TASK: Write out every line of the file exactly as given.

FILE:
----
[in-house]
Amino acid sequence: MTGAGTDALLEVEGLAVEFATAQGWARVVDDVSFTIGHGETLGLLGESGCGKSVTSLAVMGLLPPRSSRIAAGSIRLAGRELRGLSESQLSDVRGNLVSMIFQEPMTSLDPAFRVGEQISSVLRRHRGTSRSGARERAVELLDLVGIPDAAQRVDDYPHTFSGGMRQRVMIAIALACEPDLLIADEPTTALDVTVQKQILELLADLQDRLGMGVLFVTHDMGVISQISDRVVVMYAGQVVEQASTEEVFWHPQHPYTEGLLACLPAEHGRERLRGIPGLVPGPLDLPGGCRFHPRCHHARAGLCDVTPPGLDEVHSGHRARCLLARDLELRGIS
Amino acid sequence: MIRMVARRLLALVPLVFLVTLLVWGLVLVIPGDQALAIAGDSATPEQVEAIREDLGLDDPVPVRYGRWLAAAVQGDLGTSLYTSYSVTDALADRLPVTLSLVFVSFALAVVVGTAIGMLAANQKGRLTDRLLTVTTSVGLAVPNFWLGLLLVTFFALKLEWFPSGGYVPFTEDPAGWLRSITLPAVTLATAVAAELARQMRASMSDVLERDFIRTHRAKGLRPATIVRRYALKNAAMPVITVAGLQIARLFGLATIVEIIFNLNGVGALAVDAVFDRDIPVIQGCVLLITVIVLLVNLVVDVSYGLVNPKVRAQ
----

[in-house]
Amino acid sequence: MTGAGTDALLEVEGLAVEFATAQGWARVVDDVSFTIGHGETLGLLGESGCGKSVTSLAVMGLLPPRSSRIAAGSIRLAGRELRGLSESQLSDVRGNLVSMIFQEPMTSLDPAFRVGEQISSVLRRHRGTSRSGARERAVELLDLVGIPDAAQRVDDYPHTFSGGMRQRVMIAIALACEPDLLIADEPTTALDVTVQKQILELLADLQDRLGMGVLFVTHDMGVISQISDRVVVMYAGQVVEQASTEEVFWHPQHPYTEGLLACLPAEHGRERLRGIPGLVPGPLDLPGGCRFHPRCHHARAGLCDVTPPGLDEVHSGHRARCLLARDLELRGIS
Amino acid sequence: MIRMVARRLLALVPLVFLVTLLVWGLVLVIPGDQALAIAGDSATPEQVEAIREDLGLDDPVPVRYGRWLAAAVQGDLGTSLYTSYSVTDALADRLPVTLSLVFVSFALAVVVGTAIGMLAANQKGRLTDRLLTVTTSVGLAVPNFWLGLLLVTFFALKLEWFPSGGYVPFTEDPAGWLRSITLPAVTLATAVAAELARQMRASMSDVLERDFIRTHRAKGLRPATIVRRYALKNAAMPVITVAGLQIARLFGLATIVEIIFNLNGVGALAVDAVFDRDIPVIQGCVLLITVIVLLVNLVVDVSYGLVNPKVRAQ